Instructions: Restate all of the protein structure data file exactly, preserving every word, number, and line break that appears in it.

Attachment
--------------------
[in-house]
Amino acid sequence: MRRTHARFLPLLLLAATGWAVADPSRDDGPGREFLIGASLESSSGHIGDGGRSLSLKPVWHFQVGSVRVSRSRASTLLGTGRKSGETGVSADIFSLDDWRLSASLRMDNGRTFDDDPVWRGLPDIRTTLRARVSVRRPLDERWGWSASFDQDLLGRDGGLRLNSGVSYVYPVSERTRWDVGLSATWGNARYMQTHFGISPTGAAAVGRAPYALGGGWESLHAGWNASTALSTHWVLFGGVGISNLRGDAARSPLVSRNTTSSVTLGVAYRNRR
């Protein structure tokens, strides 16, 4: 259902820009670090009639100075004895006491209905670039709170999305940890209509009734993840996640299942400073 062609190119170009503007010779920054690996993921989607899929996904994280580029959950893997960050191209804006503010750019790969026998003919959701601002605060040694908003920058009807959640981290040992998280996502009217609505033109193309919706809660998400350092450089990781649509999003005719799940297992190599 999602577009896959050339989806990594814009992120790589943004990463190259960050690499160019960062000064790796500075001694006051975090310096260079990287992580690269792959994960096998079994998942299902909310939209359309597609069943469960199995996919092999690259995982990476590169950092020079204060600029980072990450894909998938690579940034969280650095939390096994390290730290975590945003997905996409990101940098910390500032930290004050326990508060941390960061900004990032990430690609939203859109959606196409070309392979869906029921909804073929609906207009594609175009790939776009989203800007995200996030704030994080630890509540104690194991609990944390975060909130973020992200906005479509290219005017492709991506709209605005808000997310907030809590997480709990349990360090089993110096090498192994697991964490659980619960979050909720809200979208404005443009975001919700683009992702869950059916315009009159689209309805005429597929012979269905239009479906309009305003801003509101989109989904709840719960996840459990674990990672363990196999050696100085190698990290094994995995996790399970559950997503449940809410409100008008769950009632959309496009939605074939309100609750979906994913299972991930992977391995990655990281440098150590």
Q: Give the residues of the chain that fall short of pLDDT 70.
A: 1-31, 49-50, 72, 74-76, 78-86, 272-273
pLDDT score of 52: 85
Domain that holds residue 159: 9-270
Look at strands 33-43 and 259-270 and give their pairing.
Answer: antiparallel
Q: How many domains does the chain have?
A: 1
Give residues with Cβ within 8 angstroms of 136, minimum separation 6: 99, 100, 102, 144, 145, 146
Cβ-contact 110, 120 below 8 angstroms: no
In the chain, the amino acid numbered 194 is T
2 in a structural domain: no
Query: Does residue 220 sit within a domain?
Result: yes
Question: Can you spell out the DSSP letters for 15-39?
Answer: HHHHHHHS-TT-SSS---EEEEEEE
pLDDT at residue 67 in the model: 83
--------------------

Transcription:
[in-house]
Amino acid sequence: MRRTHARFLPLLLLAATGWAVADPSRDDGPGREFLIGASLESSSGHIGDGGRSLSLKPVWHFQVGSVRVSRSRASTLLGTGRKSGETGVSADIFSLDDWRLSASLRMDNGRTFDDDPVWRGLPDIRTTLRARVSVRRPLDERWGWSASFDQDLLGRDGGLRLNSGVSYVYPVSERTRWDVGLSATWGNARYMQTHFGISPTGAAAVGRAPYALGGGWESLHAGWNASTALSTHWVLFGGVGISNLRGDAARSPLVSRNTTSSVTLGVAYRNRR
């Protein structure tokens, strides 16, 4: 259902820009670090009639100075004895006491209905670039709170999305940890209509009734993840996640299942400073 062609190119170009503007010779920054690996993921989607899929996904994280580029959950893997960050191209804006503010750019790969026998003919959701601002605060040694908003920058009807959640981290040992998280996502009217609505033109193309919706809660998400350092450089990781649509999003005719799940297992190599 999602577009896959050339989806990594814009992120790589943004990463190259960050690499160019960062000064790796500075001694006051975090310096260079990287992580690269792959994960096998079994998942299902909310939209359309597609069943469960199995996919092999690259995982990476590169950092020079204060600029980072990450894909998938690579940034969280650095939390096994390290730290975590945003997905996409990101940098910390500032930290004050326990508060941390960061900004990032990430690609939203859109959606196409070309392979869906029921909804073929609906207009594609175009790939776009989203800007995200996030704030994080630890509540104690194991609990944390975060909130973020992200906005479509290219005017492709991506709209605005808000997310907030809590997480709990349990360090089993110096090498192994697991964490659980619960979050909720809200979208404005443009975001919700683009992702869950059916315009009159689209309805005429597929012979269905239009479906309009305003801003509101989109989904709840719960996840459990674990990672363990196999050696100085190698990290094994995995996790399970559950997503449940809410409100008008769950009632959309496009939605074939309100609750979906994913299972991930992977391995990655990281440098150590």
Q: Give the residues of the chain that fall short of pLDDT 70.
A: 1-31, 49-50, 72, 74-76, 78-86, 272-273
pLDDT score of 52: 85
Domain that holds residue 159: 9-270
Look at strands 33-43 and 259-270 and give their pairing.
Answer: antiparallel
Q: How many domains does the chain have?
A: 1
Give residues with Cβ within 8 angstroms of 136, minimum separation 6: 99, 100, 102, 144, 145, 146
Cβ-contact 110, 120 below 8 angstroms: no
In the chain, the amino acid numbered 194 is T
2 in a structural domain: no
Query: Does residue 220 sit within a domain?
Result: yes
Question: Can you spell out the DSSP letters for 15-39?
Answer: HHHHHHHS-TT-SSS---EEEEEEE
pLDDT at residue 67 in the model: 83